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Recommended Mathematics Literature

Book Cover Klamkin
Book Cover Aha! Solutions
Book Cover Primer for Math Competitions
Book Cover Problem-Solving Strategies
Book Cover Zeitz
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Andy Liu, Bruce Shawyer. Problems from Murray Klamkin
Martin Erickson. Aha! Solutions
Zvezdelina Stankova, Tom Rike. A Decade of the Berkeley Math Circle
Sam Vandervelde. Circle in a Box
Alexander Zawaira, Gavin Hitchcock. A Primer for Mathematics Competitions
Valentin Boju, Louis Funar. The Math Problems Notebook
Béla Bollobás. The Art of Mathematics: Coffee Time in Memphis
Titu Andreescu, 103 Trigonometry Problems
Titu Andreescu, 104 Number Theory Problems
Titu Andreescu et al. Mathematical Olympiad Challenges
Titu Andreescu et al. Mathematical Olympiad Treasures
Terence Tao. Solving Mathematical Problems: A Personal Perspective
Jiri Herman et al. Equations and Inequalities
Jiri Herman et al. Counting and Configurations
B. J. Venkatachala. Functional Equations: A Problem Solving Approach
Christopher Small. Functional Equations and How to Solve Them
Publications by the UK Mathematics Trust
Dmitry Fomin, et al. Mathematical Circles: Russian Experience
Robert and Ellen Kaplan. Out of the Labyrinth: Setting Mathematics Free
Alfred Posamentier, Problem-Solving Strategies For Efficient and Elegant Solutions
Douglas Faires. First Steps for Math Olympians
Michael Steele. The Cauchy-Schwarz Master Class: An Introduction to the Art of Inequalities
Loren Larson. Problem Solving Through Problems
Bonnie Averbach, Orin Chein. Problem Solving Through Recreational Mathematics
Liong-shin Hahn. New Mexico Mathematics Contest Problem Book
William Briggs. Ants, Bikes, and Clocks: Problem Solving for Undergraduates
Steven Krantz. Techniques of Problem Solving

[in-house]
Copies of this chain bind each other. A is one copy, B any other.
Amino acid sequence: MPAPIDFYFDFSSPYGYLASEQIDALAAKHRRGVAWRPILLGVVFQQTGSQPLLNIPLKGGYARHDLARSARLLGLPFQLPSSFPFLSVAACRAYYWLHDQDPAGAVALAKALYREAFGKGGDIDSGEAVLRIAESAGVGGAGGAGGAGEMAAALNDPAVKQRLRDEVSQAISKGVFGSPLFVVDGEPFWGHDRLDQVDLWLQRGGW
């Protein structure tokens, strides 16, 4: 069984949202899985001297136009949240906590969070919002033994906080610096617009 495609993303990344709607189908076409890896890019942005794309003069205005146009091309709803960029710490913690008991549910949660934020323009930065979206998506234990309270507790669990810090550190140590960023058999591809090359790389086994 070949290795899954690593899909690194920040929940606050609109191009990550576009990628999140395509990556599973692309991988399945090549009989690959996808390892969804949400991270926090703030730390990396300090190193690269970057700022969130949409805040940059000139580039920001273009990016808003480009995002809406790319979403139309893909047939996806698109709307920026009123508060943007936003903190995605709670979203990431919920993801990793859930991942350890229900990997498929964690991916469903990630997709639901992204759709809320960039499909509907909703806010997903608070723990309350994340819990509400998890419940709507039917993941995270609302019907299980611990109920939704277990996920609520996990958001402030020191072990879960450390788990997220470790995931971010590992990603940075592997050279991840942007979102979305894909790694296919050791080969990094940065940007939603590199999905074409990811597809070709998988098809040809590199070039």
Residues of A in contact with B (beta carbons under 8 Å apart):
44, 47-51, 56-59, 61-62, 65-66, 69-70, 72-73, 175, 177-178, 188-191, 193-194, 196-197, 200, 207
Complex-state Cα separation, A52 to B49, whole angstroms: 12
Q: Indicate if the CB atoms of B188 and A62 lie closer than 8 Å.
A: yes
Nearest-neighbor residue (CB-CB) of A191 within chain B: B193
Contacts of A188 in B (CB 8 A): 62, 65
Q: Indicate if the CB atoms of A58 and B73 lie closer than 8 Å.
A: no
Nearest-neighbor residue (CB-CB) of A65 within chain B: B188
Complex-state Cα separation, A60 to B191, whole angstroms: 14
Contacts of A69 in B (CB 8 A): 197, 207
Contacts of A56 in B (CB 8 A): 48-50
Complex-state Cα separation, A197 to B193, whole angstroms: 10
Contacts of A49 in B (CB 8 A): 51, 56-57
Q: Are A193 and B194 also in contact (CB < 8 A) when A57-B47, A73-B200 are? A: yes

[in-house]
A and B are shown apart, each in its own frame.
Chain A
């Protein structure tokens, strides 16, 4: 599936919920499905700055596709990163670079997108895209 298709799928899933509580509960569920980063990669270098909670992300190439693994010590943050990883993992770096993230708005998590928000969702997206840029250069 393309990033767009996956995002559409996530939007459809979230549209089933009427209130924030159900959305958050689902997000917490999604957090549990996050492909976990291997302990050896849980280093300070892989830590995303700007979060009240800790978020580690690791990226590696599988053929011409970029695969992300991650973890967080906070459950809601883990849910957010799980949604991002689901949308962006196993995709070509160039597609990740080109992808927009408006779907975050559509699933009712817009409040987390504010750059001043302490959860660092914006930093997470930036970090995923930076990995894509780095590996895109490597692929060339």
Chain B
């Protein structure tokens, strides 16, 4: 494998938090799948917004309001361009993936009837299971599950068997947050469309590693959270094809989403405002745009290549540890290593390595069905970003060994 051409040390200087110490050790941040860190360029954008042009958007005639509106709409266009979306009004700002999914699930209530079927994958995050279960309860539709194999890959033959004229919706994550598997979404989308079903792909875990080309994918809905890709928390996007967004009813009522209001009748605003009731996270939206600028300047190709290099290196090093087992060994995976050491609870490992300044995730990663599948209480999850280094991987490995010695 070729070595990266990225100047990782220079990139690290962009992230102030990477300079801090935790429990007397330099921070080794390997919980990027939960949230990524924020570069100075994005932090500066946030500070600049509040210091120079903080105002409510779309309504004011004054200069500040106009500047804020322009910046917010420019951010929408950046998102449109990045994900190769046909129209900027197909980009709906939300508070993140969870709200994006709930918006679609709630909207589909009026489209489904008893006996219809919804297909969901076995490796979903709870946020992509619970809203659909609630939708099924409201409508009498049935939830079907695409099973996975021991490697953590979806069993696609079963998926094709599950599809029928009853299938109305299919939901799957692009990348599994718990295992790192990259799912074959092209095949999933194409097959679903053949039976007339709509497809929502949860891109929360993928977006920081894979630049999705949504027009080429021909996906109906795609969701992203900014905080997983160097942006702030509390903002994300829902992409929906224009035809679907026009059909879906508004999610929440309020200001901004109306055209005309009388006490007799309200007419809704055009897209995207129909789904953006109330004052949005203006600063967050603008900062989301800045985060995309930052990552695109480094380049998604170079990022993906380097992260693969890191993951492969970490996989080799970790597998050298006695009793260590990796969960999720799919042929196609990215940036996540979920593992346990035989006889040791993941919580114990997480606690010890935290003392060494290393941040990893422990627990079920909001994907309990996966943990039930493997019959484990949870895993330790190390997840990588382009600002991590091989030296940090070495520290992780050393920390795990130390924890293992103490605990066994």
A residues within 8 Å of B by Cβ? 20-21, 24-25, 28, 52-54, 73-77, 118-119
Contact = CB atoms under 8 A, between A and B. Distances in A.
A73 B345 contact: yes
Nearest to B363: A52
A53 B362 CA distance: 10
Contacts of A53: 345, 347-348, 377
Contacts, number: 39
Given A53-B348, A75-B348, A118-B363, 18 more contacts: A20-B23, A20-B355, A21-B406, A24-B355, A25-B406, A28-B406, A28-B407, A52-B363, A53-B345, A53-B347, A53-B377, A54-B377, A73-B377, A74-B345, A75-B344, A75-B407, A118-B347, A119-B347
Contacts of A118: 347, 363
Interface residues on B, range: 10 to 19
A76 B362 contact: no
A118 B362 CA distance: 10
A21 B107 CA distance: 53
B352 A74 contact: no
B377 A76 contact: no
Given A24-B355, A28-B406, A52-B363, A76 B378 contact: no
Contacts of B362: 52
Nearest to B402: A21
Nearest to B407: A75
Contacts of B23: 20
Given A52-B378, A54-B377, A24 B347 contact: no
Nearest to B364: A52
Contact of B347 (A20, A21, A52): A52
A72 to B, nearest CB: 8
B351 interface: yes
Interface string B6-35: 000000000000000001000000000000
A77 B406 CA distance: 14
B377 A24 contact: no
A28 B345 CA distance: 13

Wayne Wickelgren. How to Solve Mathematical Problems
Dusan Djukic. The IMO Compendium
Jörg Bewersdorff. Luck, Logic, and White Lies
Steve Olson. Count Down
David Acheson. 1089 and All That: A Journey into Mathematics.
Paul Zeitz. The Art and Craft of Problem Solving
Motivation for literature recommendation

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Of course, it is also recommended that you read books on other disciplines.

Problem Solving

The classic book about solving mathematical problems is: A kind of sequel to Polya's How to Solve It, presenting modern heuristics, especially for bigger problems (math problems, not `just' programming problems) requiring computers: Book Cover Another book that will help you become a good math problem solver, by distinguishing `mere' exercises from (challenging, unpredictable) real problems (the author participated in IMO 1974): Excellent IMO training material: A good initial preparation for IMO-style problem solving: More training material: From a 1988 IMO gold-medal winner, summarizing Polya's method and applying it to 26 diverse contest problems: More aimed at beginners, and especially their teachers: Based on the various (levels of) USA mathematical competitions: Approaching problem solving via puzzles and games: Another general overview with many sample problems: Another classic on mathematical problem solving, adding a psychological perspective: